Chinese rod puppet – lion
The history of shadow puppetry in China goes back more than 2000 years. The story believed by most is that during the Han Dynasty Emperor Wu lost his favorite concubine to an illness. He missed her terribly and afterwords lost the desire to rule his empire. One day a minister happened to see children playing with dolls in the street and noticed how the dolls cast vivid shadows. The minister, amazed with this discovery, decided to make a cotton replica of the concubine and painted the replica. Later that night the minister used the replica to act out a puppet show and the emperor took to the show with much delight. Thus starting the art that is the shadow puppet.This shadow puppet acquired by the Museum of Texas Tech University was a gift from Mrs. Arthur P. Black. This shadow puppet is in the form of a Chinese lion and different hues of red, orange, and green. Most Chinese shadow puppets are made out of donkey or ox leather and treated so that they are translucent enough to let light through. This shadow puppet ,as with most shadow puppets, has joints where rods attach so that the puppet can be moved. However, the rods for this puppet are missing.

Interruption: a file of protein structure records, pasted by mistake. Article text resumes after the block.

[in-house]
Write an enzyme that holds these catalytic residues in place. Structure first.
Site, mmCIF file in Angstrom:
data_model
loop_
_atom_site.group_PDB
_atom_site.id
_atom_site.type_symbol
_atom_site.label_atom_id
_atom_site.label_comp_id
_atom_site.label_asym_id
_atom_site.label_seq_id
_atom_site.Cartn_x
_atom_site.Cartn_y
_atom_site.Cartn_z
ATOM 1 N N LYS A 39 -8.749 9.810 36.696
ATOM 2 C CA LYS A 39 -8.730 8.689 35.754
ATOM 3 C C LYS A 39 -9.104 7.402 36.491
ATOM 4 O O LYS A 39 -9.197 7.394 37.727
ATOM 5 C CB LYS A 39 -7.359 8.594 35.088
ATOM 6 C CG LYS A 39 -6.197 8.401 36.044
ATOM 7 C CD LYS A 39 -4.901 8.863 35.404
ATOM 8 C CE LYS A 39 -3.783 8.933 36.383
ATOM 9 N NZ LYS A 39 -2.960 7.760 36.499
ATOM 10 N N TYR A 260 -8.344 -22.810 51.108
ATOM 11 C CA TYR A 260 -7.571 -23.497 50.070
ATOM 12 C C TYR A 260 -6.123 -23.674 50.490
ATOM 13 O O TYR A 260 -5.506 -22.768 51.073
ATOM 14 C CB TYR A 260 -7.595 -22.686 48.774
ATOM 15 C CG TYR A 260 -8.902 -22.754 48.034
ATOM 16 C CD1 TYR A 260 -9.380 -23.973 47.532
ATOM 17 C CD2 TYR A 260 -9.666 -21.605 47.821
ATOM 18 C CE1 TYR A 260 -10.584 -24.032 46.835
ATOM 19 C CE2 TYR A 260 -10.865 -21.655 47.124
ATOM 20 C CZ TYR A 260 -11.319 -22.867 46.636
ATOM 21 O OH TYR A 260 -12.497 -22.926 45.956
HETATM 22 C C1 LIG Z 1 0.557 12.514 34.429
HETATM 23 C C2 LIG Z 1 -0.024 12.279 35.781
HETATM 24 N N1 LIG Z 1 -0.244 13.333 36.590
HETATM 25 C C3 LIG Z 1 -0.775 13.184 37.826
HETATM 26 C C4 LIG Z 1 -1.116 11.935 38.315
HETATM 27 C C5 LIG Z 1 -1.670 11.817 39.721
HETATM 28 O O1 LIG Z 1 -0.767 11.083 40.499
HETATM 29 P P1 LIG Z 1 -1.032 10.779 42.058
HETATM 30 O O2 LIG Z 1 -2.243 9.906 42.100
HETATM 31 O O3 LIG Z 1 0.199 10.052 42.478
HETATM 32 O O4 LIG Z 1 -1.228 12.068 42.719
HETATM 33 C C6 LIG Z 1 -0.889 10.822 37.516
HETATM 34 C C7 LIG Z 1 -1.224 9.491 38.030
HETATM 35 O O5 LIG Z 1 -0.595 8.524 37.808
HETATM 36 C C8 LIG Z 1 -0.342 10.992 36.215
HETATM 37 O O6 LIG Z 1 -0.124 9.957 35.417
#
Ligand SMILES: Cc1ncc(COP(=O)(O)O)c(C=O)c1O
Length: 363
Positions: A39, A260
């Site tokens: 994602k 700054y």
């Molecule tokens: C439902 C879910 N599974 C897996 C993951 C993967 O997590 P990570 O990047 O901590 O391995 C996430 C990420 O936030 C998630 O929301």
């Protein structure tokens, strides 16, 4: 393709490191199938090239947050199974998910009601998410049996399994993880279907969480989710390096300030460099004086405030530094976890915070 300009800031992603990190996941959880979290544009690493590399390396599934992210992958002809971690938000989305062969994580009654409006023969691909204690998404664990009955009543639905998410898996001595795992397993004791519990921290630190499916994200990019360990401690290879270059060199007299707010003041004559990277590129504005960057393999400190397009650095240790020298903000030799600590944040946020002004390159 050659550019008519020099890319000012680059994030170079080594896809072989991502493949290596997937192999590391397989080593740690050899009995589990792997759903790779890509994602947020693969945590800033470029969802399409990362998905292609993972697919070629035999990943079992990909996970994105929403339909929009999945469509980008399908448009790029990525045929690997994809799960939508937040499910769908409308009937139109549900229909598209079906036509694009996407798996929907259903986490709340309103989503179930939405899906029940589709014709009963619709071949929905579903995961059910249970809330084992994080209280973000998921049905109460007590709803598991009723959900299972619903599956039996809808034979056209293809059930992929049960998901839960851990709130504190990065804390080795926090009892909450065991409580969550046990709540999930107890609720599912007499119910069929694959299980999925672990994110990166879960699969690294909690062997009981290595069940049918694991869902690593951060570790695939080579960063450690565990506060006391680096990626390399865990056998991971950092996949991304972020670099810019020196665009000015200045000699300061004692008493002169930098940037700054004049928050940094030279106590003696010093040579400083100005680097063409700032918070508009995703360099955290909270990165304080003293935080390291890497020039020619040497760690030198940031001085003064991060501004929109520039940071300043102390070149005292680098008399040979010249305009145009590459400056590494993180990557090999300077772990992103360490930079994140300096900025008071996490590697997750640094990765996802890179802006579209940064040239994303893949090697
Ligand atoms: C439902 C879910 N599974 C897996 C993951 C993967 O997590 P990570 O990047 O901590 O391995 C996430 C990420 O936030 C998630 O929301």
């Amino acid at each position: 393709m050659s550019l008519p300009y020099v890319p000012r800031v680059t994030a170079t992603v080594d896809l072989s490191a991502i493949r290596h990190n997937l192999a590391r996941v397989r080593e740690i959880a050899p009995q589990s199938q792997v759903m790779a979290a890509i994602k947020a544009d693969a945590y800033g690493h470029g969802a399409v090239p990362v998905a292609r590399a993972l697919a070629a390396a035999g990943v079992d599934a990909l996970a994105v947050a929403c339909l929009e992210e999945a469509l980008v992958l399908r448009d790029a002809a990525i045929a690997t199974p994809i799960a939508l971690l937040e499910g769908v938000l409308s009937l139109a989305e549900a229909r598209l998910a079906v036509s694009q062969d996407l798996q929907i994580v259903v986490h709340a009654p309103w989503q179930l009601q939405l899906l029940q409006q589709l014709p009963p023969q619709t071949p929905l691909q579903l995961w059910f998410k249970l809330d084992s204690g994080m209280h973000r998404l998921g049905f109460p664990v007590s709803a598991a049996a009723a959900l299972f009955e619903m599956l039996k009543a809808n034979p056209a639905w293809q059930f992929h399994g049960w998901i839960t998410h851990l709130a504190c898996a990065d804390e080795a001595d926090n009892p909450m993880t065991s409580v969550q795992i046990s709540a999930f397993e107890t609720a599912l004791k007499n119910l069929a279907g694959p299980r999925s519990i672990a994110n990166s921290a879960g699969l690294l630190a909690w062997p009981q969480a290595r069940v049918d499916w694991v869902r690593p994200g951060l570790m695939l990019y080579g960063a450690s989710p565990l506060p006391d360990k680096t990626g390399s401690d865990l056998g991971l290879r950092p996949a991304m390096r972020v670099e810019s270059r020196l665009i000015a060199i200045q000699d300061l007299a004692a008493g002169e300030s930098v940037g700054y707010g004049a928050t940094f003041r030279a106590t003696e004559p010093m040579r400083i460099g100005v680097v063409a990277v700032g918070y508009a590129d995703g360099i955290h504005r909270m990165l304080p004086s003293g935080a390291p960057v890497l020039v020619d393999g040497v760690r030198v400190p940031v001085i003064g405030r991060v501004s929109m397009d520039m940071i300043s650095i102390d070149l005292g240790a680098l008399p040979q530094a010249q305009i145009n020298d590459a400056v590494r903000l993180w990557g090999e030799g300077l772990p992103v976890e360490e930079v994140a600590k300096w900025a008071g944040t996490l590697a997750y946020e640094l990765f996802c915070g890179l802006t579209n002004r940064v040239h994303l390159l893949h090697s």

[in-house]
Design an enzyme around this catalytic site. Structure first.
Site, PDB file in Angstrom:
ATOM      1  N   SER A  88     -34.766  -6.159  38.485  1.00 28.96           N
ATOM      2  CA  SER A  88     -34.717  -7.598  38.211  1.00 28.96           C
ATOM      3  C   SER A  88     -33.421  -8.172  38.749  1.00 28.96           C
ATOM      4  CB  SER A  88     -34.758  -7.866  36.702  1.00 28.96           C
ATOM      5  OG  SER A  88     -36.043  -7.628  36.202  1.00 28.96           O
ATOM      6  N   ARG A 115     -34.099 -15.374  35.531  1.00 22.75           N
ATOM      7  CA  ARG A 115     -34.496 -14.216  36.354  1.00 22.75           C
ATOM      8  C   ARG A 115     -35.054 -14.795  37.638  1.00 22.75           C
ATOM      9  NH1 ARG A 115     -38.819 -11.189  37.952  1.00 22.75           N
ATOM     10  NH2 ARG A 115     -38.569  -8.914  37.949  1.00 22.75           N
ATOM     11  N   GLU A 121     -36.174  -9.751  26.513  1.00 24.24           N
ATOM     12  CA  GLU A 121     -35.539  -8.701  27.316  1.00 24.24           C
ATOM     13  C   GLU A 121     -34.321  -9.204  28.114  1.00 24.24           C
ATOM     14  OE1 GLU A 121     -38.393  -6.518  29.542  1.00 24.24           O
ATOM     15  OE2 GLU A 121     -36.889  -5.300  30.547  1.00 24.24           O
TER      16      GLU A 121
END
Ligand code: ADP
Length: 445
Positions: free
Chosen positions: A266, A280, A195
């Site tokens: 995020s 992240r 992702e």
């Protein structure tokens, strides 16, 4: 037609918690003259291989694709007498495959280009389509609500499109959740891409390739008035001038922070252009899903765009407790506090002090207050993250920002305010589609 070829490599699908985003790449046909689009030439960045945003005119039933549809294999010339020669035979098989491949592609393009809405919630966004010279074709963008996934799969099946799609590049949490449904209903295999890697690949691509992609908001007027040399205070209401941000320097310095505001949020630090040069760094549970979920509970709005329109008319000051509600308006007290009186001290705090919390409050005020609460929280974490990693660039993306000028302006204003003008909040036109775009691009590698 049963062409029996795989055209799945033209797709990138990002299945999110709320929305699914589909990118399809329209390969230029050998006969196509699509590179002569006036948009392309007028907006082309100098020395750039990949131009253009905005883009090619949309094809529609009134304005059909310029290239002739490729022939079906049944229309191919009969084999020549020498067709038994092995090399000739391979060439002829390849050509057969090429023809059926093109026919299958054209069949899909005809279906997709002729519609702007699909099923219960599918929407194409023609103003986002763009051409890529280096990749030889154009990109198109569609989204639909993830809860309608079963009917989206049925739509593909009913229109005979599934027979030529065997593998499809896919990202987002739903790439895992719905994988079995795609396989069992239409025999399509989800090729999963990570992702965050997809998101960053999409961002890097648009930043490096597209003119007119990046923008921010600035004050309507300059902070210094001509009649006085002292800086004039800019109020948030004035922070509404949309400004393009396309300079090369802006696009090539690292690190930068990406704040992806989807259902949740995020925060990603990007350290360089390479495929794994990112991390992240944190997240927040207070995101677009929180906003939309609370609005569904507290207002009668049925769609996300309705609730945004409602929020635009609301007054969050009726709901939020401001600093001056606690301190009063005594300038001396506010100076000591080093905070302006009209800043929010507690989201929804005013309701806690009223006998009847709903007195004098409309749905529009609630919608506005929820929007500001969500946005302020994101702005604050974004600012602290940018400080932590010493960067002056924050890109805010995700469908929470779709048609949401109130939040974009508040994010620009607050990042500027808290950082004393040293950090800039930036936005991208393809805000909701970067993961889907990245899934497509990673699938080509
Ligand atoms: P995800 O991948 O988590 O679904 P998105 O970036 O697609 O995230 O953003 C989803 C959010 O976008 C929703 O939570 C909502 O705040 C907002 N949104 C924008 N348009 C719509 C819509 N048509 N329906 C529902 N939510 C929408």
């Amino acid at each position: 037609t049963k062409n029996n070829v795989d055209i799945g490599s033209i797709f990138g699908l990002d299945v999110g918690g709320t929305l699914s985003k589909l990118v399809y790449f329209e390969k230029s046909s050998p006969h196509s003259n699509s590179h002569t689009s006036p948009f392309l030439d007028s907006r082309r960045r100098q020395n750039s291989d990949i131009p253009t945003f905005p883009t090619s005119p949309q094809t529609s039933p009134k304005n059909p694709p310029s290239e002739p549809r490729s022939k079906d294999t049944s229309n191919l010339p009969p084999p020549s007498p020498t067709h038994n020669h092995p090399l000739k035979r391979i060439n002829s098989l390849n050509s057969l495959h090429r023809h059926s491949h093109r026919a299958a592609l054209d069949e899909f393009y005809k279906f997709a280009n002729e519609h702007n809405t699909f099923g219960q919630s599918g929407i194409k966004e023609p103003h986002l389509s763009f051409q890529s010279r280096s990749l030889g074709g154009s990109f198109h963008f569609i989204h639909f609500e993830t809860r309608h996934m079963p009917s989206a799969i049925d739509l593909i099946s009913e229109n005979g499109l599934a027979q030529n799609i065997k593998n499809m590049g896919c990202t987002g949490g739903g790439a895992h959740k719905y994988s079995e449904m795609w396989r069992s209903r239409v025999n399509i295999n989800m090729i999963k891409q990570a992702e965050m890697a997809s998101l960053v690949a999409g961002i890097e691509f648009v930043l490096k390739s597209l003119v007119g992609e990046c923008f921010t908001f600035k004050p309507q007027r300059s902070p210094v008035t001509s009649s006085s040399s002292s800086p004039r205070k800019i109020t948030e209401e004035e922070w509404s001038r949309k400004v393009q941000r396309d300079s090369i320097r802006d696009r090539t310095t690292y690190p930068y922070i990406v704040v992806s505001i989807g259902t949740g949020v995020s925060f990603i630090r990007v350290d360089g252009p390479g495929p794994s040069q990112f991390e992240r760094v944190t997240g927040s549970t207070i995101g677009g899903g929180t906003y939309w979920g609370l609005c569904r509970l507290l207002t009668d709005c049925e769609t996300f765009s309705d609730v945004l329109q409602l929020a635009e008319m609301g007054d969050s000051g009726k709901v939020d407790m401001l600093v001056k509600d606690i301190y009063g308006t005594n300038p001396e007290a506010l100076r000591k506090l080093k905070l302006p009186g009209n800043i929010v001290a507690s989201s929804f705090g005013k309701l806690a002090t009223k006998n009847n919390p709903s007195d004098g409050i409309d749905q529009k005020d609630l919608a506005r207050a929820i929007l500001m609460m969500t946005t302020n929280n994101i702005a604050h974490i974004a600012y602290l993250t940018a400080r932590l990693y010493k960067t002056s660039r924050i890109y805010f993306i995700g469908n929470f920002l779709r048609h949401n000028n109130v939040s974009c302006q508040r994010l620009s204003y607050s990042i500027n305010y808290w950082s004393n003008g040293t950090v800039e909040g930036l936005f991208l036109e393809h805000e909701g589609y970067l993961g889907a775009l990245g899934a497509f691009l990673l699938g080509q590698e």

Black Cotton with White Polka Dots Fandango Dancer’s Costume
This full-skirted, ruffled dress in the Ethnology Collections of the Museum of TTU was used as a costume for Fandango dancing. Fandango is a form of Flamenco Spanish dance, and is the main folk dance of Portugal. It is traditionally accompanied with guitars, castanets and hand-clapping. Fandango is performed by two dancers (boy and girl, boy and boy, or girl and girl), in which the dancers alternate turns and attempt to out-do the other with more eye-catching feet transitions. This costume is from Barcelona, Spain. A red scarf attaches at the back, and ties around the waist in front. The ankle length skirt is made of 5 layers of ruffles edged in green braid. Underneath a full, red, organdy petticoat is made of four layers of ruffles, trimmed with narrow double ruffles.
Welcome to the Museum of Texas Tech University Ethnology blog. We will soon be posting about our collections.
Meanwhile, check out our Textile Blog here.